“We need to do some research into what those ratios look like in reality,” she said.
“The Aged Care Act says a facility must have sufficient staff with appropriate qualifications to provide the care required.
“Who determines how many staff is ‘sufficient’ and what the needs are of the residents?
“Ratios need to be mandated; there needs to be a mix of registered and enrolled nurses and they all need to be qualified.”
The make-up of the aged care sector has changed dramatically in the past decade; the ALRC report stated the number of registered and enrolled nurses had decreased, and the proportion of assistants in nursing had increased to 70 per cent of workers.
Ms Bernoth, who entered the sector in 1985, said the low percentage of registered nurses was not “appropriate”, as they had the expertise integral to optimal care of patients.
“We need to have a much higher proportion of registered and enrolled nurses working with people with high-care needs,” she said.
“Only last month, the NSW government voted against a requirement that a registered nurse be on duty around the clock in high-care facilities.
“My concern is for the impact that will have on our frail older people who have really complex care needs.”
If the Australian government adopts all 43 recommendations, the Department of Health will be tasked with ensuring research is done into optimal staffing models and levels in aged care.
But Ms Bernoth is worried this latest report will sit on the shelf, like so many others.
“I’d like to see a royal commission and a whole overhaul; we have these bits and pieces inquiries, nothing happens and we end up with a patchwork quilt,” she said.
“I don’t think there’s the political will – I don’t see anything happening until the community start to pressure politicians to make things happen.”
Older people seeking support is the sixth most common case lawyers at Hume Riverina Community Legal Service take on, and there is evidence of elder abuse everywhere.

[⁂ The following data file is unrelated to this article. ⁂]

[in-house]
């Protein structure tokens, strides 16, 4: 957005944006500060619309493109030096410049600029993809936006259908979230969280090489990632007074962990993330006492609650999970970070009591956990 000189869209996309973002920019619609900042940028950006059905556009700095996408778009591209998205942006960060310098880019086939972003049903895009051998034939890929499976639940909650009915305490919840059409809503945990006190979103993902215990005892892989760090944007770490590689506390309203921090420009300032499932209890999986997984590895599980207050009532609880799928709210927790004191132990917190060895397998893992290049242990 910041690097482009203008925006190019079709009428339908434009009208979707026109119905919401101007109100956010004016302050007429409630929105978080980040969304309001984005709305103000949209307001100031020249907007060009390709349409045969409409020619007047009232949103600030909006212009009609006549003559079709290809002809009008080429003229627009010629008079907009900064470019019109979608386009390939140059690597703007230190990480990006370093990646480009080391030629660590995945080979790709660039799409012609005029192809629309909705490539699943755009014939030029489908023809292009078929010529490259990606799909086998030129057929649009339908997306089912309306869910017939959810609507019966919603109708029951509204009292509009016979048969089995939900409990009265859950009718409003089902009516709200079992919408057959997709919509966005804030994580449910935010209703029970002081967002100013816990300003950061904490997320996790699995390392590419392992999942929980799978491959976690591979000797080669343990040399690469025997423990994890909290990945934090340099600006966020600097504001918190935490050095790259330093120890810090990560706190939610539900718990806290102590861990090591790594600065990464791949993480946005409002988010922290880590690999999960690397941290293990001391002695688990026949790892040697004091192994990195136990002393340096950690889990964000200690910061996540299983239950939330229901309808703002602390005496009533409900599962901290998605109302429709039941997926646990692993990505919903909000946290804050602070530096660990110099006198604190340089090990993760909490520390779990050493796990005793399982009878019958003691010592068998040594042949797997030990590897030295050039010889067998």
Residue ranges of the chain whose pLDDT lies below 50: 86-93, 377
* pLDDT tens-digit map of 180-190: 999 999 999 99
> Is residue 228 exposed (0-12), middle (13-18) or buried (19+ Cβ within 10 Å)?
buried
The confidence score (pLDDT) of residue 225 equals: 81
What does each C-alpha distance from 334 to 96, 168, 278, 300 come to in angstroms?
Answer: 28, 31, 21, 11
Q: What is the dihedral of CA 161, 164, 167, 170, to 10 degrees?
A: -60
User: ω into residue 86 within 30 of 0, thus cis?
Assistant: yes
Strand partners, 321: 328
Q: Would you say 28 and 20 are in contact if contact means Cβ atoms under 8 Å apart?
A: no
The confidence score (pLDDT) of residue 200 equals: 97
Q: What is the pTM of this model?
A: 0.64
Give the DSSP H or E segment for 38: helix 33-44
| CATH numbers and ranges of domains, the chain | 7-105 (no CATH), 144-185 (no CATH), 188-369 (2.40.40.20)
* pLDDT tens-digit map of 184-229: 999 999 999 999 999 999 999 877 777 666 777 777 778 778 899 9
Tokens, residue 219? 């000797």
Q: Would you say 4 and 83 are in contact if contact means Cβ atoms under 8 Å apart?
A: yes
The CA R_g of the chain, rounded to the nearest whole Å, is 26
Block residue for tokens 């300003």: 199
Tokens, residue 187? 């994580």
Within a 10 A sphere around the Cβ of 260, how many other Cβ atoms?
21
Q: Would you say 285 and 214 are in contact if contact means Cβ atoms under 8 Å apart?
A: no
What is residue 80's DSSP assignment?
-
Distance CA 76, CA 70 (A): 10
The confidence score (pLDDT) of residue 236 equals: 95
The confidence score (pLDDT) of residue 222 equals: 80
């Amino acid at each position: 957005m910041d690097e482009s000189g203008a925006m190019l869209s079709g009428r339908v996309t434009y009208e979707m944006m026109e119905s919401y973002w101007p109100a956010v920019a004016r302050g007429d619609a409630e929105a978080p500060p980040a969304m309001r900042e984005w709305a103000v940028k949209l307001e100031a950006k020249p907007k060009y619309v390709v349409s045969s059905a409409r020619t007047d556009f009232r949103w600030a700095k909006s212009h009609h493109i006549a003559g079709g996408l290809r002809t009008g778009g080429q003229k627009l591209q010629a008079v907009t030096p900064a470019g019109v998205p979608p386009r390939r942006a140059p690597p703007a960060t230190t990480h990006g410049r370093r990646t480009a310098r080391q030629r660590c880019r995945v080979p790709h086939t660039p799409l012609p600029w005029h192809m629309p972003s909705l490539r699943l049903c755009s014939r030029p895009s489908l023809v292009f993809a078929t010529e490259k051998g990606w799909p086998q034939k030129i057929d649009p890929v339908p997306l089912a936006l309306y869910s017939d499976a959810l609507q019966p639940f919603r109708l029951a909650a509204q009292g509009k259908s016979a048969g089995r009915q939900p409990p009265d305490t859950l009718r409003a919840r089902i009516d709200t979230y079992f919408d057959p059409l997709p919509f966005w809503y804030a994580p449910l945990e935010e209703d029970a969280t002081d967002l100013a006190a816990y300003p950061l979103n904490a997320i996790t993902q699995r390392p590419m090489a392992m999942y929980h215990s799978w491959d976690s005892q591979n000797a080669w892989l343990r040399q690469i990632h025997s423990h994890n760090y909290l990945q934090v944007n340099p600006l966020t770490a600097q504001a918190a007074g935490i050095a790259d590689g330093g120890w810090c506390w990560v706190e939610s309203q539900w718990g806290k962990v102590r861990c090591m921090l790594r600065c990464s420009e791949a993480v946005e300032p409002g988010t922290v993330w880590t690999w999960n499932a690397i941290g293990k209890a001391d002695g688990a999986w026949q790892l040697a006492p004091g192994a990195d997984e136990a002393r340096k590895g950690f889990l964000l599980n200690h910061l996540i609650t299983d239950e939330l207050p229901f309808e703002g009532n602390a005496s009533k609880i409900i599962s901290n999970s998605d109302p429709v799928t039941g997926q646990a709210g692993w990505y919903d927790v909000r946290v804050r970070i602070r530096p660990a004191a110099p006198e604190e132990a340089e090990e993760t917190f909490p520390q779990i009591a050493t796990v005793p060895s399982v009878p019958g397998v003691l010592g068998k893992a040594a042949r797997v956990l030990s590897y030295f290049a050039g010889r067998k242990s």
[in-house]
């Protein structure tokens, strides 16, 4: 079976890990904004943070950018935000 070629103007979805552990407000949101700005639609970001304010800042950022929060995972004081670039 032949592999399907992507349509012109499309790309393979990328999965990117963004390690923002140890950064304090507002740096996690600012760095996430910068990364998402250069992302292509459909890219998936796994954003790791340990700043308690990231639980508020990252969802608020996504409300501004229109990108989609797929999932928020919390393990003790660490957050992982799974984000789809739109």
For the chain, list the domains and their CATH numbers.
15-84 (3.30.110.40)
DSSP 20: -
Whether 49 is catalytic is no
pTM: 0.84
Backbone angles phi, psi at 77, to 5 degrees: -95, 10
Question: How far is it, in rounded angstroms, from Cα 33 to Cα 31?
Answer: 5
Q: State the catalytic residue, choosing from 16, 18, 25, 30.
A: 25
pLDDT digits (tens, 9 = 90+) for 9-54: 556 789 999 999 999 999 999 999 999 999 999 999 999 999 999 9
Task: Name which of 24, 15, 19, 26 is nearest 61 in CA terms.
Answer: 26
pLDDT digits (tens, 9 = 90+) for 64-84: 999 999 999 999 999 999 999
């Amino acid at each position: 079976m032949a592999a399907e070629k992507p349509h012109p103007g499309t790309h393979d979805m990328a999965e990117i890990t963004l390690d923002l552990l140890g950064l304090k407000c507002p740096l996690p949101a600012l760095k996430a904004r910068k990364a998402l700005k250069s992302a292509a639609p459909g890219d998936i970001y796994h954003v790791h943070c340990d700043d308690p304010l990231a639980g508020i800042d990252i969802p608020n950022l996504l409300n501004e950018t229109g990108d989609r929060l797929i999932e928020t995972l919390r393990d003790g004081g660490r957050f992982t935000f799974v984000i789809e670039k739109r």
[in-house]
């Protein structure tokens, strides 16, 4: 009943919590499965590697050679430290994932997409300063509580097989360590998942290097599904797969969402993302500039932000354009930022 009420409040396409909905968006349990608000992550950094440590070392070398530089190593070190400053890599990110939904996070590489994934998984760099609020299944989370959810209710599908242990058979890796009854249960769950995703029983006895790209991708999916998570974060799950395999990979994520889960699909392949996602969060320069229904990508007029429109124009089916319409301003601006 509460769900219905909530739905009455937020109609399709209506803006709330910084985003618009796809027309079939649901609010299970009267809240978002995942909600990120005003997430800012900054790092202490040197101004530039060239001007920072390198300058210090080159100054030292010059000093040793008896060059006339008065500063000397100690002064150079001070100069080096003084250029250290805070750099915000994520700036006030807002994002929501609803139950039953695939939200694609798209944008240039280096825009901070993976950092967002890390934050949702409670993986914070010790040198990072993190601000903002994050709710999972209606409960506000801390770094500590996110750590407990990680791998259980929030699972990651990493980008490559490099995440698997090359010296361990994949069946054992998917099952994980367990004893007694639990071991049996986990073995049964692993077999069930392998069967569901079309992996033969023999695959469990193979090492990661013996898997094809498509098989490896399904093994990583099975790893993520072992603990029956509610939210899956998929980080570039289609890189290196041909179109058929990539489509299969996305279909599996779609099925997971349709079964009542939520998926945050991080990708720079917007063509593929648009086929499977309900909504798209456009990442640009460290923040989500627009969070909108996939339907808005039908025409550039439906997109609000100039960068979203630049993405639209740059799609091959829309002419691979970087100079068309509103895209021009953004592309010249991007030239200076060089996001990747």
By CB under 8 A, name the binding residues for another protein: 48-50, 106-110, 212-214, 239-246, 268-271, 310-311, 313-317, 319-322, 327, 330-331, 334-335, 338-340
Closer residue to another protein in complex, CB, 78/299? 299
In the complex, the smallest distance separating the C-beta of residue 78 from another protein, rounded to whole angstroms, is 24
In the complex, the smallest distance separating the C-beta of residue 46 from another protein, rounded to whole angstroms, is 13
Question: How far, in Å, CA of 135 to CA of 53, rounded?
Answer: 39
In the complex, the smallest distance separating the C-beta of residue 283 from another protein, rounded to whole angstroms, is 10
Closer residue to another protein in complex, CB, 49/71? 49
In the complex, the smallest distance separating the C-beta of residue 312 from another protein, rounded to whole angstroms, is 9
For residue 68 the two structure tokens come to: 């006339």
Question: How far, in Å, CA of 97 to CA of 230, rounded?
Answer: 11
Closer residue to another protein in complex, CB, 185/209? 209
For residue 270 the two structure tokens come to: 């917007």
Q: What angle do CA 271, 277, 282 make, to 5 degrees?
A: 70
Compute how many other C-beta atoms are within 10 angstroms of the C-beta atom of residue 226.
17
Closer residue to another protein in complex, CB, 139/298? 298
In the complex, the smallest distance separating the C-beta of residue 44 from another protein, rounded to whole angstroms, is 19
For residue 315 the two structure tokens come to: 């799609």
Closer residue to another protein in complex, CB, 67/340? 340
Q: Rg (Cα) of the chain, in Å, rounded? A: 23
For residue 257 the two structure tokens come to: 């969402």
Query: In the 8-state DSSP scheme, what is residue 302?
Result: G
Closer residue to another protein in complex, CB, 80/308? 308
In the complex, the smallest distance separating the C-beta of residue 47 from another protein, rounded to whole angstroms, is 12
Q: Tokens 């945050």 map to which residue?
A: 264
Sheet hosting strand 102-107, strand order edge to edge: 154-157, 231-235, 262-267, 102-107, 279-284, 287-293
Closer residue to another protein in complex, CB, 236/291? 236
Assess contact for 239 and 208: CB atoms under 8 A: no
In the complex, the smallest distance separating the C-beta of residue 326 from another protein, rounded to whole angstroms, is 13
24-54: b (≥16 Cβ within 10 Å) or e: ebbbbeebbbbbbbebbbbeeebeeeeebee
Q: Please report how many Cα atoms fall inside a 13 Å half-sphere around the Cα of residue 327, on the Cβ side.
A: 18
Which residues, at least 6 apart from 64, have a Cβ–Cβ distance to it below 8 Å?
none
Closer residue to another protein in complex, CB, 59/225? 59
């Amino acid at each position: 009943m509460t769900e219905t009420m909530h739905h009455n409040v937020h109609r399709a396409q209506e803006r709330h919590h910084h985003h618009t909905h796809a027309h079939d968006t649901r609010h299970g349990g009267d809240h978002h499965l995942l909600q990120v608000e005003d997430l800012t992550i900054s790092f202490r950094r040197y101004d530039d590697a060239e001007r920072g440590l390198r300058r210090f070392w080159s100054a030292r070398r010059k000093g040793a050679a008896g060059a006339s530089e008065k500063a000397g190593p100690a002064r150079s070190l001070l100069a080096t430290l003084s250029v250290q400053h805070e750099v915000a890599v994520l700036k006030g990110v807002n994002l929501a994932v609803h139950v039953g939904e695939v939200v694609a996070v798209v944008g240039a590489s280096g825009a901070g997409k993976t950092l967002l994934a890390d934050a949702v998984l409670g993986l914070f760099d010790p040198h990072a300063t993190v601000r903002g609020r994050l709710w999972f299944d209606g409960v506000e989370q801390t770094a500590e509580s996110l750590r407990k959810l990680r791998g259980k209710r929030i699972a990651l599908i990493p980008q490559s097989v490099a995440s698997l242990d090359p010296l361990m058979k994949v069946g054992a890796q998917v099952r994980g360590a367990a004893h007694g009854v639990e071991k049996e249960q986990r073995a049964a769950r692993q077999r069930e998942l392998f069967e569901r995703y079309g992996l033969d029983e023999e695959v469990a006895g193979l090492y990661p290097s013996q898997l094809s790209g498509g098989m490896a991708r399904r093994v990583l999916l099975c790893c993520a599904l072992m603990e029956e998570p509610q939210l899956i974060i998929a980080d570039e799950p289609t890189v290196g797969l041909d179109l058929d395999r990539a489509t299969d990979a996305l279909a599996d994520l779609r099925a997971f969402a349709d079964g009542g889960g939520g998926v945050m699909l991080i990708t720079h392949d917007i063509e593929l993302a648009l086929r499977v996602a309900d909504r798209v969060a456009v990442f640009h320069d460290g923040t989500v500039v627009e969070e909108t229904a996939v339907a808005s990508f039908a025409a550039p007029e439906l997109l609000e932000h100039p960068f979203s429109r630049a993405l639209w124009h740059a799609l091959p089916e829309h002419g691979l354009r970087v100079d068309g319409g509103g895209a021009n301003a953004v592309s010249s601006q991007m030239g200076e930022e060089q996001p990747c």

Principal Lawyer Sarah Rodgers referenced four such cases to the elder abuse inquiry, including where one elderly man didn’t realise his daughter had emptied his bank account until he tried to pay his nursing home bill.
“There would be a lot more people experiencing elder abuse that aren’t engaging with our service,” she said.
“It’s really heartbreaking when you see family members taking advantage, particularly of their parents and they think they have a right to money or property.
“The elderly person doesn’t want to take up the options we give them, because they don’t want to take action against a family member – what is the solution to that?
“There’s definitely work to be done to change attitudes in the community.”
Ms Rodgers said whatever plan was made to act on elder abuse, it could not be undermined by borders.
“There’s different terminology in Victoria compared to NSW for power of attorney and enduring documents,” she said.
“These things can be navigated if people get legal help, but it doesn’t help if the laws are different.”
Ms Rodgers said a lawyer continued to be stationed at health services once a week, but health and community organisations could do more to catch people at risk.
“We talked in our submission to the law reform inquiry about the police having a bit more of a role to play in helping elderly people with intervention orders or even just having a talk to the family,” she said.
“We need to get elderly people legal advice in the first place and we need stronger recognition of elder abuse in law.
“I don’t know what the solutions are … it’s an issue we want to see improved.”